"He's a kid that has to -- he needs to have a good winter program. He's a young, really exciting pitcher. But he's still got to work on his body. So he needs to have a good winter. But we'd like to make sure that he knows and we know that when he lets it go, and we kind of send him off knowing that he's OK."
The club named offensive co-players of the year in first baseman Anthony Rizzo and catcher Ryan Lavarnway. Rizzo was diagnosed with lymphoma in May 2008, but has come all the way back. He hit .260 with 42 doubles, 25 homers, 100 RBIs and 61 walks in 136 games this season between Class A Salem and Double-A Portland.
"For my family, it means a lot," said Rizzo. "They've helped me through a lot. And the Red Sox, they helped me through everything as well. They're tremendous. There's not a day that goes by when I don't remember what I had to go through. A certain situation will come up, and I'll just get nauseous out of nowhere. Just any little thing. It's great to have this award."
At a position where offense is always a highly valued trait, Lavarnway thrived, batting .288 with 27 doubles, 22 homers and 70 walks in 126 games for Salem and Portland.
"It's been great, being able to have my family here and to see the look in my mother's eyes when they called us out on the field and I got to shake [general manager Theo Epstein's] hand and Tito's," said Lavarnway. "It's great to see all the guys, the guys I met in Spring Training and got to work out with a lot and now they're on the big league club, that's pretty exciting. It's good to be here."
The defensive Player of the Year was center fielder Che-Hsuan Lin of Double-A Portland, who couldn't be at Fenway to receive his award Saturday because he is back home in Taiwan. The baserunner of the year is Jeremy Hazelbaker, who stole 63 bases for Class A Greenville, the most by a Sox farmhand since Gus Burgess stole 68 in 1981. Hazelbaker was also unable to attend the awards ceremony because Greenville was still in the South Atlantic Championship Series. They were knocked out Saturday night.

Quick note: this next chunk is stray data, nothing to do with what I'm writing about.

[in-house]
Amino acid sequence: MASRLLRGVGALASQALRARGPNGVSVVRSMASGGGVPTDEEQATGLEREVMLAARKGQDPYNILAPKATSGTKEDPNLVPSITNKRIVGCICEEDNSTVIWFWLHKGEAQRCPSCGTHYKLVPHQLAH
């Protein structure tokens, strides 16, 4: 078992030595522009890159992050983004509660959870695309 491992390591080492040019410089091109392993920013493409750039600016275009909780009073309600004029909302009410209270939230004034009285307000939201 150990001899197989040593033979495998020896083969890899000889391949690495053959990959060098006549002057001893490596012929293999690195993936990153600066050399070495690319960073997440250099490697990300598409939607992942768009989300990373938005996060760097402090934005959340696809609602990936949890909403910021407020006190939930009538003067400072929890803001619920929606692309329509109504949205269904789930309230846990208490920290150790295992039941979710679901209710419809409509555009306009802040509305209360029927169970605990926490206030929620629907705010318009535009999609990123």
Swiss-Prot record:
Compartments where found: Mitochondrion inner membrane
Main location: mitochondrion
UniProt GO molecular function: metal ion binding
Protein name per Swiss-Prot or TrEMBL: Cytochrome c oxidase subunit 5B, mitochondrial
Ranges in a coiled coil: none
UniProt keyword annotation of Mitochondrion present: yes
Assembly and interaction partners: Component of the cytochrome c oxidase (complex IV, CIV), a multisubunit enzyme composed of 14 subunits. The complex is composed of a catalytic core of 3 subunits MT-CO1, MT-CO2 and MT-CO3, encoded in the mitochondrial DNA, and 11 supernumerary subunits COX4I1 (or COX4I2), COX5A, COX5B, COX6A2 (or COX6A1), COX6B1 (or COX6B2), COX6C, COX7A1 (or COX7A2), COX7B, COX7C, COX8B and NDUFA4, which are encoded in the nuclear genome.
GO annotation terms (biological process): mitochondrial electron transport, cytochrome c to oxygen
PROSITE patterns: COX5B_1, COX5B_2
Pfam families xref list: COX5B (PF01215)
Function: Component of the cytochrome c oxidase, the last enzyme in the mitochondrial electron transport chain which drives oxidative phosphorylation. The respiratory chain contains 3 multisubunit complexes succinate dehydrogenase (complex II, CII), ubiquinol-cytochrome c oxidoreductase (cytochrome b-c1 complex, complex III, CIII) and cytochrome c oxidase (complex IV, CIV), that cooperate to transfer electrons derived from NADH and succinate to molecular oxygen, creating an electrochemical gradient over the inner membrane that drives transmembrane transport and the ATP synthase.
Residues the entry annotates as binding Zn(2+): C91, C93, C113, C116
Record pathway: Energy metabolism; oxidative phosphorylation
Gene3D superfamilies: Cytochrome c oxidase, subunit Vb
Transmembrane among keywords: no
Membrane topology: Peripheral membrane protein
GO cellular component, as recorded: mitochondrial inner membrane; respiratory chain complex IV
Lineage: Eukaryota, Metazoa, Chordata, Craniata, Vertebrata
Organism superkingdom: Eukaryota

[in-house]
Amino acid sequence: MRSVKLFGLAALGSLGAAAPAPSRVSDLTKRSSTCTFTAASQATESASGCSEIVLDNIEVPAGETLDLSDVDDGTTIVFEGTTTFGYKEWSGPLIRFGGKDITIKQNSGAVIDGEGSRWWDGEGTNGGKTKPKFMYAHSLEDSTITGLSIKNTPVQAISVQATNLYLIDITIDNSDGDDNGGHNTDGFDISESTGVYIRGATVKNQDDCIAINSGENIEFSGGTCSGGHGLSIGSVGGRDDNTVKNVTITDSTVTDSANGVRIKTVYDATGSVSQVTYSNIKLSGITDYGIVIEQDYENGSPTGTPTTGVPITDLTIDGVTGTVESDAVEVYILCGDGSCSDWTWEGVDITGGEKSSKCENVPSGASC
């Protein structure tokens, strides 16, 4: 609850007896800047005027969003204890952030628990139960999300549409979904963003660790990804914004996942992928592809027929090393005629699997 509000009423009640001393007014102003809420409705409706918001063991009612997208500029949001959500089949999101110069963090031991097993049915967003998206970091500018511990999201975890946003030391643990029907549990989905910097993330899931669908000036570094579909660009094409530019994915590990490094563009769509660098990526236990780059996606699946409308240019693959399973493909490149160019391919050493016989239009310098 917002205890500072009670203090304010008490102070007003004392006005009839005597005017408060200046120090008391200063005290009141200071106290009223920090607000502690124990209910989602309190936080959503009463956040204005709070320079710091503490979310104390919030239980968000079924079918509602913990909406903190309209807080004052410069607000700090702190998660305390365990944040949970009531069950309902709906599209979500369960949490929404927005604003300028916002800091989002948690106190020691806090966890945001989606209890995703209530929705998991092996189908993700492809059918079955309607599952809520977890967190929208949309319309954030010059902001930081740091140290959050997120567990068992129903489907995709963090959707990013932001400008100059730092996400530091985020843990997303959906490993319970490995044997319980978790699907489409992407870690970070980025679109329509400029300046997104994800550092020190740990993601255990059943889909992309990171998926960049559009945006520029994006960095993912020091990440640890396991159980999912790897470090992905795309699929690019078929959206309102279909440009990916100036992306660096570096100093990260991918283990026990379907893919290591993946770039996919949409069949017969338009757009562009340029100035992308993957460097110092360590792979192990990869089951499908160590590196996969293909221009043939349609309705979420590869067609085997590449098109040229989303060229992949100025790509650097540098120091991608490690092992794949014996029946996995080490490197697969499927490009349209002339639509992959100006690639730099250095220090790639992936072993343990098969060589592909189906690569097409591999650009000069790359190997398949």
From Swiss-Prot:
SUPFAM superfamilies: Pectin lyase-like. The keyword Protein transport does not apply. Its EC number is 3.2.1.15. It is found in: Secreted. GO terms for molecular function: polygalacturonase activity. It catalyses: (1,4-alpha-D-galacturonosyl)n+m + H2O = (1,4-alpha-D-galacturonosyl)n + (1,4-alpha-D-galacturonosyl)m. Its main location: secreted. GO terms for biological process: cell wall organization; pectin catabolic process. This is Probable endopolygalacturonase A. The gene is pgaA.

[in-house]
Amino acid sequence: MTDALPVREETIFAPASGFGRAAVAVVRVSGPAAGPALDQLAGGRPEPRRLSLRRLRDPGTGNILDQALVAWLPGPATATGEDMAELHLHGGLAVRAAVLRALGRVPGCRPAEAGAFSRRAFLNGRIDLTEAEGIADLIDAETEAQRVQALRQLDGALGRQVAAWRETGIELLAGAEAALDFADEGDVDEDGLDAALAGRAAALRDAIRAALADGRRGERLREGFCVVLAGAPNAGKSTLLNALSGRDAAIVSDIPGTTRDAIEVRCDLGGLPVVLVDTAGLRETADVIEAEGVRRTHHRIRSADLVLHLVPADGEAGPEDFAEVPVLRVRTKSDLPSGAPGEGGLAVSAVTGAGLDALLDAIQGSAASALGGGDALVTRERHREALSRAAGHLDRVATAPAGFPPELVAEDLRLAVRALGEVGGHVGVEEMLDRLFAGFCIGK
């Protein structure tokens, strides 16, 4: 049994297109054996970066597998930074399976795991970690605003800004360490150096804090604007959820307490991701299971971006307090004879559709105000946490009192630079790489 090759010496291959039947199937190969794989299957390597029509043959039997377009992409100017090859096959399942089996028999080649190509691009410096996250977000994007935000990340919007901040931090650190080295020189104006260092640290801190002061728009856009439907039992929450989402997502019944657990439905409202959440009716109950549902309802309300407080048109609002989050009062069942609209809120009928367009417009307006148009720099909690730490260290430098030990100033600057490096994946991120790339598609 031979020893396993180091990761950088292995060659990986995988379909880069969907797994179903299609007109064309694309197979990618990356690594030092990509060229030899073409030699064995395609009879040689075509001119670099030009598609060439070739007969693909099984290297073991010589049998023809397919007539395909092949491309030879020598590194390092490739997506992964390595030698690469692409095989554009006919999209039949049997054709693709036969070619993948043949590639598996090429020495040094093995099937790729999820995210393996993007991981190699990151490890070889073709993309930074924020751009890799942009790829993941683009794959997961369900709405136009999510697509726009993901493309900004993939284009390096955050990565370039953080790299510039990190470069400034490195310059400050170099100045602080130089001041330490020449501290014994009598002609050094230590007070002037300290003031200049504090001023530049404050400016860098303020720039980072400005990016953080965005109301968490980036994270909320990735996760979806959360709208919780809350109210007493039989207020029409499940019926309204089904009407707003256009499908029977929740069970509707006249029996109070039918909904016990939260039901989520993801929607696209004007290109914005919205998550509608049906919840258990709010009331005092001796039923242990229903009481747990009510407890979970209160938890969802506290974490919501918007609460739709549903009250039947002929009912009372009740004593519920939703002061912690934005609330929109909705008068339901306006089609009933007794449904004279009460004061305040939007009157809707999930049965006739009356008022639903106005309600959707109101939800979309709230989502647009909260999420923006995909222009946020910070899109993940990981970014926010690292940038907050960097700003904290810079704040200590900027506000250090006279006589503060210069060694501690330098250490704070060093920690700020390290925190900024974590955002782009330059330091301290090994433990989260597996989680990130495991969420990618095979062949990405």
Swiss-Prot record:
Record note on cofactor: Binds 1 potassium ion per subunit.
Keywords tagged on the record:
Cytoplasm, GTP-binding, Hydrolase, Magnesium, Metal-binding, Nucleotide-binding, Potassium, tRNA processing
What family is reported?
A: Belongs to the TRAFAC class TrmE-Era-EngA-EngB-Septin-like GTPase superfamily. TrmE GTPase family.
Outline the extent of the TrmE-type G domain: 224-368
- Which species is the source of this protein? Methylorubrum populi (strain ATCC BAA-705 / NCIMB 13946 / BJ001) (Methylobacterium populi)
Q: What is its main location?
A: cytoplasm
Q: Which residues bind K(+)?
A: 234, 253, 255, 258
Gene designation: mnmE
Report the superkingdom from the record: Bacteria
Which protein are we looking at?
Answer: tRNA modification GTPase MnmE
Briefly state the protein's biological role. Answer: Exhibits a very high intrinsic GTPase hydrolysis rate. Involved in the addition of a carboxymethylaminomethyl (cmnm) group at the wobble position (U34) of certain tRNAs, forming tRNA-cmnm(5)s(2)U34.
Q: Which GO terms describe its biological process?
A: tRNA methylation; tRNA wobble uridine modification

Tito wishes Torre well
BOSTON -- Even during the years when they were opposite each other in the heated Red Sox-Yankees rivalry, Red Sox manager Terry Francona always expressed admiration for Joe Torre. After learning on Friday that Torre will step down as Dodgers manager after this season, Francona wrote him a note.
"I actually sent him a note [Friday] night [to say that] I hope that whatever he's doing, he's doing on his own terms," Francona said. "Because I think he deserves that. He's been doing it for a long time and there's a lot of respect from a lot of people in how he conducts himself. So I hope he's happy with the decision he made. That's kind of what I care about."
Francona is 51 and can't imagine managing until he's 70 like Torre.
"I can't even see myself being alive at 70," quipped Francona. "I'm sure I'll be a heart attack or two into it by then."
In all seriousness, Francona thinks that he will manage as long as he can still give it everything he has.
"I think everybody's different. To do this job, I think you have to be all in," Francona said. "If you're not, it doesn't work. When it comes to a point where maybe you can't be or you don't want to be, it's time to do something else. I can see where that ... the travel, not the pressure, but kind of the pressure you put on yourself to do well. I can see where that can get at you a little bit."
Right fielder J.D. Drew returned from his four-game absence (right ankle) and batted seventh against Blue Jays lefty Ricky Romero. ... Jarrod Saltalmacchia got the start behind the plate, with Victor Martinez moving to first. ... Red Sox manager Terry Francona enjoyed some warm words with Don Zimmer before Friday night's game. Zimmer was inducted into the Red Sox Hall of Fame. "I really like him," Francona said. "I always have. He's a lot of what's good in baseball. I've known Zim a long time. I just, I love him."